With the government set to start removing the default retirement age from April 2011, this means that employees, in both the public and private sectors, will have the legal right to work beyond the age of 65.
How do public sector employers go about managing people who intend to take up this right?
Firstly, it's important to recognise how this new legislation will benefit both the employer organisation and the employee. It is particularly beneficial to public sector organisations as an increase of people working for longer will help balance the sector's books. In terms of revenue, the longer a person works, the more income tax they pay, injecting additional funds into the Treasury.
As for expenditure, more 65+ workers lessen the pension burden as there'll be fewer people taking the state pension at 65. Furthermore, a rise in the amount of older workers can also reduce the expenditure of public bodies, such as the NHS, on services and treatment for this age range. Working gives a natural rhythm that benefits general wellbeing, resulting in less health complications.
For the individual, the benefits of working beyond 65 are just as substantial. An employee may decide to work for longer because there is currently not enough in their pension pot. The average person at 65 has another 20+ years of life left and needs a big enough pot to support themselves for the whole of that period. Being able to choose when to retire also gives you more control over your career and life than you previously had. As soon as the employee reaches 65, they'll be able to make the decision themselves as to whether to stay or go.
There are three key points to consider: transparency, flexibility, and the economic cycle.
Regarding transparency, time and investment is needed to introduce more openness to relationships with employees. There's a process of 'psychological contracting' that goes on between employee and employer, which influences the balance of the relationship between the two. A balanced relationship is one that allows for transparency and openness between employer and employee.
However, this relationship is really quite stark throughout the work world. The extent of the relationship is that the employee gets paid by the employer to do set tasks for a set amount of hours a week. And if the employer decides they're going to move left or right, the employee has to go with them. The employee is effectively an economic slave.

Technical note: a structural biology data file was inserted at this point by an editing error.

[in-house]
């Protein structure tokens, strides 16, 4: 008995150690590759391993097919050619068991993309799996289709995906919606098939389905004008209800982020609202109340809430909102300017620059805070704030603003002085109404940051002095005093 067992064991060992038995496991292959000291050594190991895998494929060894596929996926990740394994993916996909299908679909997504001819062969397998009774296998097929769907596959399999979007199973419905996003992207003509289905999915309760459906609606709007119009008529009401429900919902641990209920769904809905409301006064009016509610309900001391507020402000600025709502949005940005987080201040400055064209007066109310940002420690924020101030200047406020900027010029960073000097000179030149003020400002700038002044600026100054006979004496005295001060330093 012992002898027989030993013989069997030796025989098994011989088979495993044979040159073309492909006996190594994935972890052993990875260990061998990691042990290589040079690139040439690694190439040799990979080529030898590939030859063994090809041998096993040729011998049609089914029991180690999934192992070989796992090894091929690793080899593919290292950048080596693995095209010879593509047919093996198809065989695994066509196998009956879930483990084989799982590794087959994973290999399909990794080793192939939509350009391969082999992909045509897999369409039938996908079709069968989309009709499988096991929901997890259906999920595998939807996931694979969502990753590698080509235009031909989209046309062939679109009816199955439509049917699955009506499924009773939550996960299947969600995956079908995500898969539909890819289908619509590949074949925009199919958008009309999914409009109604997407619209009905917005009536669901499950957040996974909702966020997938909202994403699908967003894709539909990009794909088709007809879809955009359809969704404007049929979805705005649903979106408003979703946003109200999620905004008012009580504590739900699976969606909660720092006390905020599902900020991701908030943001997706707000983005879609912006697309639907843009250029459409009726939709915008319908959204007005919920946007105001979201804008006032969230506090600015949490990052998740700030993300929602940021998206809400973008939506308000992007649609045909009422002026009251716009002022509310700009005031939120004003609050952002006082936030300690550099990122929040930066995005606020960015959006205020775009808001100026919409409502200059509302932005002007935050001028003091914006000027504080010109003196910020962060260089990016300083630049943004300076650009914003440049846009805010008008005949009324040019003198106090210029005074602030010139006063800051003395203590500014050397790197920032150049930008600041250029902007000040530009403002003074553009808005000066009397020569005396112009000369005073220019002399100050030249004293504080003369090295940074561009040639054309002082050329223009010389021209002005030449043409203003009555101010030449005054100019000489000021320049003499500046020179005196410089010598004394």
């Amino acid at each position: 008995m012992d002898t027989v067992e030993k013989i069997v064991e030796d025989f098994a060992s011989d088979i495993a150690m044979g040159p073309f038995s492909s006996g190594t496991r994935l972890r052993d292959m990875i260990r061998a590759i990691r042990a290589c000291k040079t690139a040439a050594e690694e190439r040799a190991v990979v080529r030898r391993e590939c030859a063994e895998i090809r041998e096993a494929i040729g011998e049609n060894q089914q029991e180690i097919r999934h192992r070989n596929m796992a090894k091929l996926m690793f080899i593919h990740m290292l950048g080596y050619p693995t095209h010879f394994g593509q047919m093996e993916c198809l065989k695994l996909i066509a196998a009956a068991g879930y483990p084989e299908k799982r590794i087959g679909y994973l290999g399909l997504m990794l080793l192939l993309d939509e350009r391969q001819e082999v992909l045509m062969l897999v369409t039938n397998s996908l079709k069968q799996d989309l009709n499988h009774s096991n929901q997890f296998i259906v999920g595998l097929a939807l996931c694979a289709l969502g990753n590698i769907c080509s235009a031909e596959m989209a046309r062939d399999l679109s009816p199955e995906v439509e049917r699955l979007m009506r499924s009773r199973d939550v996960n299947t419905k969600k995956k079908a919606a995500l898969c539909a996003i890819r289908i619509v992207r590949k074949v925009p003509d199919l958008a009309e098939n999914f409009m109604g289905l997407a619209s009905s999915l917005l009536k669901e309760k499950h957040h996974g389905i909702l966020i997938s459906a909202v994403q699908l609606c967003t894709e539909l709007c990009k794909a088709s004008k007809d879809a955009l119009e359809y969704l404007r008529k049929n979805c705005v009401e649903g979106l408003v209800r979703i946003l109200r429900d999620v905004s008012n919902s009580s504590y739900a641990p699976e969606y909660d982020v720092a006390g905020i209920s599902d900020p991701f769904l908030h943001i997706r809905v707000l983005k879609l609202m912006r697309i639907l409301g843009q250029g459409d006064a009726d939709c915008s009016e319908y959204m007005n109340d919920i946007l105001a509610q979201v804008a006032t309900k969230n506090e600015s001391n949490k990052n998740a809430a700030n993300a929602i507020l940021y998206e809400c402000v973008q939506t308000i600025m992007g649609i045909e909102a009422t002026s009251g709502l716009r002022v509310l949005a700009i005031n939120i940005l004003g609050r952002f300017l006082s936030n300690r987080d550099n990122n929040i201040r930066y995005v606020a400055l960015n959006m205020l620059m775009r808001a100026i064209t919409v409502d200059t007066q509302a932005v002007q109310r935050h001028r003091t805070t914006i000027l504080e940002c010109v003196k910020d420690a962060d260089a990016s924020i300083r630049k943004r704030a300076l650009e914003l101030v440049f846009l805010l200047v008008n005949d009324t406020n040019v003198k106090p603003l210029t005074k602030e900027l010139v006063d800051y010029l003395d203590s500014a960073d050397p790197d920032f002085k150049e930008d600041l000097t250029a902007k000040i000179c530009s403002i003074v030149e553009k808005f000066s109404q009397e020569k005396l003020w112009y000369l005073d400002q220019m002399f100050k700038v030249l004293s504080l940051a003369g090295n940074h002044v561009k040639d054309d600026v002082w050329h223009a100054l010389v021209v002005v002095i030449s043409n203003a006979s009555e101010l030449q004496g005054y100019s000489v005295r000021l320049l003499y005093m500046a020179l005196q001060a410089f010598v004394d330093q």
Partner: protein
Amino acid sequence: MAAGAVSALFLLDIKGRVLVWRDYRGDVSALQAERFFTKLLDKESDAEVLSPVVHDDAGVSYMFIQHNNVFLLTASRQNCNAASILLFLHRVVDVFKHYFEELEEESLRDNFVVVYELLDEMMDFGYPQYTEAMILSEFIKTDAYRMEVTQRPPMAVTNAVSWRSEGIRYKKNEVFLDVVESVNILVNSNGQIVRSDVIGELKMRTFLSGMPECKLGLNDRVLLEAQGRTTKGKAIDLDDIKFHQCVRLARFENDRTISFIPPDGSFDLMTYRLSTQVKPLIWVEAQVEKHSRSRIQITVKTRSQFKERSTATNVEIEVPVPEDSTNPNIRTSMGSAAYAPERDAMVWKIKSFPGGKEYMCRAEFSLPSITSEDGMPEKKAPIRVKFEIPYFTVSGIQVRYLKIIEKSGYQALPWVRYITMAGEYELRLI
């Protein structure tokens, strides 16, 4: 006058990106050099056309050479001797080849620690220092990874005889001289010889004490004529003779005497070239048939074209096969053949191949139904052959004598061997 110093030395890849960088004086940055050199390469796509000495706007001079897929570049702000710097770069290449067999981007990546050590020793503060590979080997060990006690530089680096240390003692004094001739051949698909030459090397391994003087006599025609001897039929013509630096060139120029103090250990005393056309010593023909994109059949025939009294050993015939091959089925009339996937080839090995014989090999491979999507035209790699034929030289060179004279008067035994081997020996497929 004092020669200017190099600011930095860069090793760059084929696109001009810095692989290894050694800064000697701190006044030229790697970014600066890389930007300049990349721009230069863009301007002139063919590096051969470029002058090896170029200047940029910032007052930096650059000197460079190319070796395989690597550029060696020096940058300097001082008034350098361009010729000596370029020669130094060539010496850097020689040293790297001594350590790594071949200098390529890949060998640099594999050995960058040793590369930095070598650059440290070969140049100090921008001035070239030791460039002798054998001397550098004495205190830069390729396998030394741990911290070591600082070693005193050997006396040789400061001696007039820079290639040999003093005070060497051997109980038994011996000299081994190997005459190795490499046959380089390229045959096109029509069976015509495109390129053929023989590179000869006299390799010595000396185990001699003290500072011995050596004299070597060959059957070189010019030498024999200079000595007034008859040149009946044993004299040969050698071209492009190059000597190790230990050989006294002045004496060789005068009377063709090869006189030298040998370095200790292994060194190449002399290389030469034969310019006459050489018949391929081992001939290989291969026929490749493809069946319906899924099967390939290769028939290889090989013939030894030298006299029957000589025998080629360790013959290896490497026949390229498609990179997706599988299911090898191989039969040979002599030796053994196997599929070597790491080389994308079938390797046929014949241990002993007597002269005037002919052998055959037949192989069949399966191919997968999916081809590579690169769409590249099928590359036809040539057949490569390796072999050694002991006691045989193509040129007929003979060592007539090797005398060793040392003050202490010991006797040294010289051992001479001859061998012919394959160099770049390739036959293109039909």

This sentiment is consistent with attitudes to the default retirement age (DRA). With a DRA in place, employers do little to manage those employees approaching it. With those who are performing well, employers just leave them alone because the employee can just keep doing what they're doing until they retire. With those who aren't performing well, employers just leave them alone because soon they won't have to bother with them anymore.
Once the DRA is abolished, if an older worker suggests they work beyond 65 and reduce their hours to three days a week, this gives the employer an opportunity to re-organise and explore new options. Creatively using and meeting the needs of older workers in this way can actually enhance the team.
As exciting as this is, it's important to hang back, take stock and write new policy before diving in headlong. Managers may be more tempted to accommodate a good worker who wishes to alter their hours or role as they get older than to accommodate a worse worker who requests the same things. And there will be bad workers who decide to stay on after 65. Once the DRA goes, remember that the Law requires employers to be fair, objective and even-handed when it comes to employment policy. For equality reasons, you must have a written and binding process in place to ensure the consistent treatment of all employees.
The third point is in regards to the economic cycle: this is a hard thing to manage when coming out of a recession and any new legislation is liable to add to the challenge. It is therefore necessary to plot out a proper plan for the workforce. This will give organisations a much clearer view of people rolling in and rolling out, like people rolling in and out of a ferry.
By having a better understanding of requirements, organisations will be able not only to alter their management policy in a way that accommodates both the legislative changes and their economic cycle, but also their recruitment policy.
This will mean being circumspect about assumptions regarding older people. April 2011 will come faster than you think; be ready.
Simon North is founder of Position Ignition, a modern day careers advisory firm for professionals offering help around careers, transition and personal and professional development